Maybe he was . . . but, if so, I mean it in a good way! He was a wonderfully passionate man with a heart filled with so much faith, so much trust in God, that he is used as a type of Christ, a model for the Messiah:
“And I, the LORD, will be their God, and My servant David will be prince among them; I the LORD have spoken. (Ezekiel 34:24)
That is astounding!
He was an ordinary human who became extraordinary because of his passionate reliance and dependency on the Lord His God.
Because of his faith, David was chosen to replace Saul as the King of Israel. Because God recognized him as a “man after my own heart.”
“But now (Saul) your kingdom shall not endure. The LORD has sought out for Himself a man after His own heart, and the LORD has appointed him as ruler over His people…” (1 Samuel 13:14)
Despite being one of the most famous men who has ever lived, and one of the most important Bible characters in the history of the world . . . to me, David is just my big brother in Christ. He is someone who I look forward to meeting, and teasing, one day.
“Dude, you know that you were a total drama queen when you lived back on the old earth. Right? I mean, c’mon, you totally were.”
And he’ll reply, “Oh yeah! Totally.”
(LOL. . . .Well, who knows? But I nonetheless entertain myself with such imaginings.)
– – – – – – – – – – – – –
Okay, so you know those reading plans that give you daily assignments so that you can read through the Bible chronologically in one year? Well, so far, it’s been five years and I’m in the book of Jeremiah. I’m so slow because I often skip a day, or a week, or even a month. Plus, I typically re-read my daily assignment; sometimes over and over for several weeks. (Gotta be OCD with the Bible!)
Since I’m new to the “grace message,” to a complete understanding of the New Covenant, it seems like I am reading the Bible for the first time. Even though I’ve been saved for 26 years.
Anyway, this slow and careful reading style allowed me to really get to know David. And I fell in love with him while reading through his life story and all of his poetry. When I came to his death in the book of 1 Kings, I started crying. I remember exactly where I was sitting in my house when that happened. I realized how much I would miss him. I felt so sad that his life came to the end; it was like a good friend had left me.
I hope that one day on the new earth, he will come to regard me also as a good friend. And I hope he will laugh when I tease him about being a drama queen. Such mood swings; such melodramatic laments at times. But maybe that’s what I love best about him, because his emotional outbursts were often channeled toward his praise of God. (Such as Psalm 103). When you read David’s Psalms, you see that David completely trusted in God. He knew that God is good; that God is trustworthy; that God is kind.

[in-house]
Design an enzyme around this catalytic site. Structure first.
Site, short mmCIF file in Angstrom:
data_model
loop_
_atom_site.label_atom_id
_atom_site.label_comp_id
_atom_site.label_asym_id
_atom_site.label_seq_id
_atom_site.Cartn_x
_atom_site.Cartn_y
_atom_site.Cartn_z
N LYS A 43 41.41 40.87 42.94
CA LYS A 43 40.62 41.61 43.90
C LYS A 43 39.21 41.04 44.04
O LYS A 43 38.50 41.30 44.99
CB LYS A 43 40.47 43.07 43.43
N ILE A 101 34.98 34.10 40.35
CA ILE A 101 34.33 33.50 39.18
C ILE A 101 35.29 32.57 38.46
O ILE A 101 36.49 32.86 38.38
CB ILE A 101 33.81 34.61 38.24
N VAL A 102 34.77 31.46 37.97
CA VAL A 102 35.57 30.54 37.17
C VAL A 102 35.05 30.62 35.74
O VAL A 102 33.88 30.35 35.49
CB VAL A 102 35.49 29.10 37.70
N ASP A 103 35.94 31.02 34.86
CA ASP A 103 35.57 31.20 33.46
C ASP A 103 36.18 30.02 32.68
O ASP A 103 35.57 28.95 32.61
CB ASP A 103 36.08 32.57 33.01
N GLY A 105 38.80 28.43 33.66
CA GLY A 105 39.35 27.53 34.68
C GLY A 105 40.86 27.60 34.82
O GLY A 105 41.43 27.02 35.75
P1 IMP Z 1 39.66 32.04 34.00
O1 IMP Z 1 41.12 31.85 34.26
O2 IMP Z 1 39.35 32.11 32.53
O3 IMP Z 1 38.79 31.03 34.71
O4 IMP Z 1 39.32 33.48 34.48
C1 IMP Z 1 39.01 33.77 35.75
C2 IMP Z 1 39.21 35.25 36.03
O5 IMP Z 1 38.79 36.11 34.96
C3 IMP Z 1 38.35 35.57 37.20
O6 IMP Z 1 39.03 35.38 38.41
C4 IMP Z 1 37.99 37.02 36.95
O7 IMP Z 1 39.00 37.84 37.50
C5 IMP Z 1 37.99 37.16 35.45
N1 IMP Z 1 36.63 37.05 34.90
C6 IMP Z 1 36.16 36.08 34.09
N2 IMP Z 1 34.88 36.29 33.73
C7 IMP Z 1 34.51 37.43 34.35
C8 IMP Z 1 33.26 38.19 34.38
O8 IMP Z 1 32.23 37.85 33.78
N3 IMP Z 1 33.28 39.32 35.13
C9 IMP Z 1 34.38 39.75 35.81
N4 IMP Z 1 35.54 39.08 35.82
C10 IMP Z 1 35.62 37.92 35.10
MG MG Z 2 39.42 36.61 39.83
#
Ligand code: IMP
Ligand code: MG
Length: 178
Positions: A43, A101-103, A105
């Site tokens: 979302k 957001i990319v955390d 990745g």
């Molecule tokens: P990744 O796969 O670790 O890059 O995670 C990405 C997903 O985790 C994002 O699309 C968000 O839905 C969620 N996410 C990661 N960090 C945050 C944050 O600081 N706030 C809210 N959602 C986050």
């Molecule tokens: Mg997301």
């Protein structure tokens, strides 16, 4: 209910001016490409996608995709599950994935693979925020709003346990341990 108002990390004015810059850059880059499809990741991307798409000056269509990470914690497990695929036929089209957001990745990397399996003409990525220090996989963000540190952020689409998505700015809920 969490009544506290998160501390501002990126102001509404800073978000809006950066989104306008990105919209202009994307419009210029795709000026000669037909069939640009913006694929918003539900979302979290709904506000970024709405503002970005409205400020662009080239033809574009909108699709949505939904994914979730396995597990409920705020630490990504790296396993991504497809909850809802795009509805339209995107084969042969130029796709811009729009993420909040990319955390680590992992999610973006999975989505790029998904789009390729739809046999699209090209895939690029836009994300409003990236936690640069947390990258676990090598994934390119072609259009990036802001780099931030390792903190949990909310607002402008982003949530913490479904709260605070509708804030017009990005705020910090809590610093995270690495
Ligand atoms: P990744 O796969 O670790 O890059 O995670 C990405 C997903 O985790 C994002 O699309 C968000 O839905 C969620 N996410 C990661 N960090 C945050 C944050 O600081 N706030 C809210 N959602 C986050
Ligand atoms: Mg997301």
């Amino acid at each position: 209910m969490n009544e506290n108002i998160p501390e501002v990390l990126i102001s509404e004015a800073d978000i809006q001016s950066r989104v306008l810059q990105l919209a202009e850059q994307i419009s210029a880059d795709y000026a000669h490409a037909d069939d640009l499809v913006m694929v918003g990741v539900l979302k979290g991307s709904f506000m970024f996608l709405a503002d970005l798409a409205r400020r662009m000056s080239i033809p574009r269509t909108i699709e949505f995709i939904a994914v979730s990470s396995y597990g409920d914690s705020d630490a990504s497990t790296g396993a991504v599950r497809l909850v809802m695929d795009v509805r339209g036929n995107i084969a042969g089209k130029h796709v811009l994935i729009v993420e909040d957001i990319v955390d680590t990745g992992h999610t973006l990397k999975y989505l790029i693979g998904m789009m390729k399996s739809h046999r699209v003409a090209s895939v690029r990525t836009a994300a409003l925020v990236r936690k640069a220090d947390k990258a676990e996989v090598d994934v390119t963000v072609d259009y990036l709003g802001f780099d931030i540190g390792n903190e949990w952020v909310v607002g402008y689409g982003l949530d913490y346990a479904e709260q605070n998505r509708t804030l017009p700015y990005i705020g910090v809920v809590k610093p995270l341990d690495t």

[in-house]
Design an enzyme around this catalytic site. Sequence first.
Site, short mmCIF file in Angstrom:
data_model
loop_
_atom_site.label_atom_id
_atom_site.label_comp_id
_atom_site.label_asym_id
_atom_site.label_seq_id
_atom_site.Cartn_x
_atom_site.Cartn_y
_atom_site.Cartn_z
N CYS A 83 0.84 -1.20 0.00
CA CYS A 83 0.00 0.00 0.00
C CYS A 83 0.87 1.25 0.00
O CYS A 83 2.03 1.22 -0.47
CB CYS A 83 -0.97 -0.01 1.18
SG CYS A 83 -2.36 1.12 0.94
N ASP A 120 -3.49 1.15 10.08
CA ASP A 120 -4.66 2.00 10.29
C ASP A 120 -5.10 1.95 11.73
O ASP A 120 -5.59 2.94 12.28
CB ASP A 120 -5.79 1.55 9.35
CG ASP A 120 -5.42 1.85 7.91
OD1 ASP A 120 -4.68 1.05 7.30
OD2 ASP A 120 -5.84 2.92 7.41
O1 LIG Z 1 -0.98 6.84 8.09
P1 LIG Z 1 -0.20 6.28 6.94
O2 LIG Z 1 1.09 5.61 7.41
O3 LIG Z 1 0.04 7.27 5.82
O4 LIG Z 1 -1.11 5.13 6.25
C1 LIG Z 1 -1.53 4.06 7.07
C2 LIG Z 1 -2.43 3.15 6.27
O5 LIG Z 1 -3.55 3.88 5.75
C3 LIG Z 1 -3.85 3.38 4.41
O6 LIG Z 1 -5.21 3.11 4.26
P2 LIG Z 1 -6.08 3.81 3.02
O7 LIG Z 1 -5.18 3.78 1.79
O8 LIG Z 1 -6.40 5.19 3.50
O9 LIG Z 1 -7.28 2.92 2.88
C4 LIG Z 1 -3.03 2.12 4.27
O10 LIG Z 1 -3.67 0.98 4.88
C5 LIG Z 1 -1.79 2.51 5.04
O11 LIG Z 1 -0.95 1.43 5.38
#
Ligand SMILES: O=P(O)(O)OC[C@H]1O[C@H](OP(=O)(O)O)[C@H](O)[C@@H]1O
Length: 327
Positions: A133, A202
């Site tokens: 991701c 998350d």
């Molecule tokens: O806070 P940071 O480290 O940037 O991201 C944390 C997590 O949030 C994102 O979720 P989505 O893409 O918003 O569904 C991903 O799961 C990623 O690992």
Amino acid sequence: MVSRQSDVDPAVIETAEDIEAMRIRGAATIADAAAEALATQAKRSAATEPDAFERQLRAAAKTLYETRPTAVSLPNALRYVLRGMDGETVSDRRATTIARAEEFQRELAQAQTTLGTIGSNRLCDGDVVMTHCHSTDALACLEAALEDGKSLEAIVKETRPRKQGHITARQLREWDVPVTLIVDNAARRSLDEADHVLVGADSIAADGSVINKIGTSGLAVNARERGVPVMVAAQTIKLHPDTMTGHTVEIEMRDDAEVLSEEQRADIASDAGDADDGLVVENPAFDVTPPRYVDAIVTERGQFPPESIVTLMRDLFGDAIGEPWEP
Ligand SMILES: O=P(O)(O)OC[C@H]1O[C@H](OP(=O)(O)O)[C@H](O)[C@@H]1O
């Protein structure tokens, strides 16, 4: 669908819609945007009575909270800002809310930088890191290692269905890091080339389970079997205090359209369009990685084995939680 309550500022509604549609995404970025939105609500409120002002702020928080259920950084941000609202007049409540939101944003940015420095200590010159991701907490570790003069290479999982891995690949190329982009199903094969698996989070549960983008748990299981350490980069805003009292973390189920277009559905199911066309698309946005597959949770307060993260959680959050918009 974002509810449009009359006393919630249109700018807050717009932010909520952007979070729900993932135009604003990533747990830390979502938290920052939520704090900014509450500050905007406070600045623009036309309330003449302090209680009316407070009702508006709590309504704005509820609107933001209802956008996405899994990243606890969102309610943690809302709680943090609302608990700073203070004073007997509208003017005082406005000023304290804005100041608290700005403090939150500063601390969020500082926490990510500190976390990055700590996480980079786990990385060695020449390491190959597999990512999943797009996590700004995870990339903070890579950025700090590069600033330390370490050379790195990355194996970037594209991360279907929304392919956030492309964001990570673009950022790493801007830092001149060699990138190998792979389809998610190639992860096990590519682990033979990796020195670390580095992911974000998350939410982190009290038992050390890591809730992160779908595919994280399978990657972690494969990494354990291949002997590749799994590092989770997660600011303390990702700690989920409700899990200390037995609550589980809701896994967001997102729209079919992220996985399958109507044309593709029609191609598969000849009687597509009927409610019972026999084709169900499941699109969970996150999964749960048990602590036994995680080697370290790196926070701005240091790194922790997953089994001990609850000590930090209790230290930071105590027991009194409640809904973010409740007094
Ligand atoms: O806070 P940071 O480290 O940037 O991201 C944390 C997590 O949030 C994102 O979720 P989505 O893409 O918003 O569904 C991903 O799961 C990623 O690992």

Trust in Him at all times, O people;
Pour out your heart before Him;
God is a refuge for us.
Of course, we all know that David was not a perfect person; his adultery with Bathsheba and the way he orchestrated the murder of her husband are notorious stories. David fully acknowledged his own sinfulness; he was completely acquainted with his own depravity. He didn’t try to hide it; he was a man who lived in reality.
But he pleased God because he had true faith. His heart trusted completely in the Lord. And God honors David’s faith throughout the Bible. In Jeremiah, it is implied that the Messiah came because of David! That is was for David that the Messiah is raised up!
“Behold, the days are coming,” declares the LORD, “When I will raise up for David a righteous Branch; And He will reign as king and act wisely And do justice and righteousness in the land. (Jeremiah 23:5)
David did not get to live in the days of the New Covenant, in the days following the resurrection of the Righteous Branch. As a result, there was so much that David did not understand, and perhaps that is what caused his mood swings.
“Take not thy Holy Spirit from me,” was spoken by a man who did not have the opportunity to be born again by the Holy Spirit. Certainly, the Spirit “came upon” David at times, but not in an abiding, eternal way.
For us today, we know that the Holy Spirit will never leave us or forsake us. It is because we are “raised up” with Jesus; we are resurrected from the dead, just as Jesus was.
Since, then, you have been raised with Christ, set your hearts on things above, where Christ is, seated at the right hand of God. (Colossians 3:1)
David looked forward to the resurrection; we look back to it. I think it’s at the Second Coming that the dead in Christ will rise first – so does that mean that David will be with us during the Millennial Reign of Christ? I hope so! But whatever happens, we know that David has a fantastic future ahead of him: everlasting life with the God whom he loved and trusted in with all of his heart!